For too long humanitarian organisations have been seen as merely avenues for ‘hand outs’, a concept that must be swiftly discarded. This is the conviction of Pandit Suresh Sugrim, who currently heads the New Jersey Arya Samaj Humanitarian Mission Inc. (NJAS).
Born and raised in the County of Berbice, Pandit Sugrim migrated to the United States a few years ago and has been giving back considerably to Guyana. This he has been doing with support through his humanitarian entity, which has as its mission to help children, the elderly, victims of gender-based violence and other individuals in dire poverty.
Moreover, the aim of the entity has been to help individuals grow into healthy, educated and self-reliant individuals.
But according to Pandit Sugrim, it has long been recognised that persons can’t be helped simply by giving them ‘hand outs’. During a recent interview with this publication, he said that since delving into the local humanitarian arena in 2005, several million dollars have been spent towards achieving the mission of his organisation. He his however not elated at all the resulting outcomes. “I have come to realise that many things remain the same or they get worse with the passing of time…Right now I have walked away from giving hand outs at a national level in Guyana,” said Pandit Sugrim as he lamented over the fact that “everybody just want to collect and collect.”
According to him, he has met a number of people in the past, who are living in dire poverty but from all indications they seem to appreciate their poverty-stricken status.
Some, he disclosed, are owners of land and are therefore encouraged to grow their own food but instead “they cry poverty…they just glorify being in poverty and refuse to do anything about it.”
“I do not subscribe to poverty at any level,” continued Pandit Surgrim as he maintained that offering ‘hands out’ cannot be the solution to the prevailing problem.
He is of the firm belief that tackling poverty requires a strategic education drive geared at transforming the minds of citizens who comfortably embrace poverty. “We can lessen human suffering by educating human minds…the only way we can break the cycle is if we start to educate these individuals now,” asserted Pandit Sugrim.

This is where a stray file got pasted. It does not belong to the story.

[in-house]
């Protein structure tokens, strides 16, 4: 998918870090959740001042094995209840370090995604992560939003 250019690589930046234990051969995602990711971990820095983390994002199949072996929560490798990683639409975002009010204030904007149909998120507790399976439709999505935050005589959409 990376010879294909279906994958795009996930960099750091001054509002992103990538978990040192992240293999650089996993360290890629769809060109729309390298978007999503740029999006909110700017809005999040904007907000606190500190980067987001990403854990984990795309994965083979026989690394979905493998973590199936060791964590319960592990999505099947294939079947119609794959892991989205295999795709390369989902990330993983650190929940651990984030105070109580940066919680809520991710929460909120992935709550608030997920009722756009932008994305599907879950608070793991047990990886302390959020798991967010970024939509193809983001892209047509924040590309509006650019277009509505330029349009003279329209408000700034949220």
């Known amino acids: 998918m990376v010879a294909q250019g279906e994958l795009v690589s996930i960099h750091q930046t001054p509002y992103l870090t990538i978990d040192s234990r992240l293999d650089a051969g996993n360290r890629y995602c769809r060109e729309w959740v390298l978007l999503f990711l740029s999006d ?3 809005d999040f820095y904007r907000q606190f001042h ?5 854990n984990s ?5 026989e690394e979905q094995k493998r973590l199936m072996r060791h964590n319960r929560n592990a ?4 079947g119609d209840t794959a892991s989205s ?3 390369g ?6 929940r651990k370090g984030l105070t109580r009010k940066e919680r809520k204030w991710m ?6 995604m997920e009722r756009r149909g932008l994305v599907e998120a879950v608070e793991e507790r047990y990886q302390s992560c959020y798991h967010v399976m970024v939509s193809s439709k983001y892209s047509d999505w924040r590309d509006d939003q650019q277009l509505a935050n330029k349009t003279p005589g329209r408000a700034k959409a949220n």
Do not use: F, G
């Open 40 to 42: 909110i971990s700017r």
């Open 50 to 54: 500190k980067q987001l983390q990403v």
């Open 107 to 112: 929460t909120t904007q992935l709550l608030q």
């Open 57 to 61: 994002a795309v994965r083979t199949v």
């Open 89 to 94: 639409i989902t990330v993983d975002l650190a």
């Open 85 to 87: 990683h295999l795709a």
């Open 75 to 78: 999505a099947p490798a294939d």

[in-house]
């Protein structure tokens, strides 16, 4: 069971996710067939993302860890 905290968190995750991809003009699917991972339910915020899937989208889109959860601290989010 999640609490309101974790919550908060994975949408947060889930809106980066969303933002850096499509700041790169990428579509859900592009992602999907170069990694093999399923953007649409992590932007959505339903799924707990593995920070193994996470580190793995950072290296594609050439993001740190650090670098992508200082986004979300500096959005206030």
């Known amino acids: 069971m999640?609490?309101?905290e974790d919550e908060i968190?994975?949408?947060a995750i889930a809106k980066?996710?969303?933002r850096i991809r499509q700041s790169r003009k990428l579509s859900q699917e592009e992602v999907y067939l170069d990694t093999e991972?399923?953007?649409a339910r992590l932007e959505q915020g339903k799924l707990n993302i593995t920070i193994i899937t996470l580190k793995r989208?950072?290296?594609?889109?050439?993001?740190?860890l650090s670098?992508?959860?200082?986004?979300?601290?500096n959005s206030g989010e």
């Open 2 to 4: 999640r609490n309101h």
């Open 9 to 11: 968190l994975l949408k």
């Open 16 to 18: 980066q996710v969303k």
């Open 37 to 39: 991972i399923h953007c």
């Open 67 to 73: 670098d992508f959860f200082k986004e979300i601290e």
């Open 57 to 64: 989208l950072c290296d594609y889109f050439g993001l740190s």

The NJAS Mission currently has an office at Babu John and according to Pandit Sugrim, emphasis is being given to education and empowerment and no longer the customary ‘hand outs’. “There is no more room, at any level, for ‘hand outs’, unless it is for somebody who is bedridden or a sick child,” he categorically informed.
“As long as you have health and strength and you are ready to be motivated, I will help to motivate you…if you are not interested in that, I have no interest in working with you,” stressed Pandit Sugrim as he insisted that the key to moving away from the ‘hand outs’ mindset is education.
“That is the direction in which I’m heading; if I can’t accomplish that in Guyana I’m gone…I will go to another country because I am tired of the ‘hand out’ phenomenon, everybody wants to collect but nobody wants to get up and go to work.” This development is particularly disturbing, Pandit Sugrim said, in light of the reports that many business owners in the Berbice area alone have vacancies that are not being filled by the able-body people who claim they are in dire poverty. “The jobs are very much there but people just don’t want to work,” Pandit Sugrim noted even as he theorised that “once people are educated they are bound to change their way of life and possibly even help to make a meaningful impact on someone else’s life too.”
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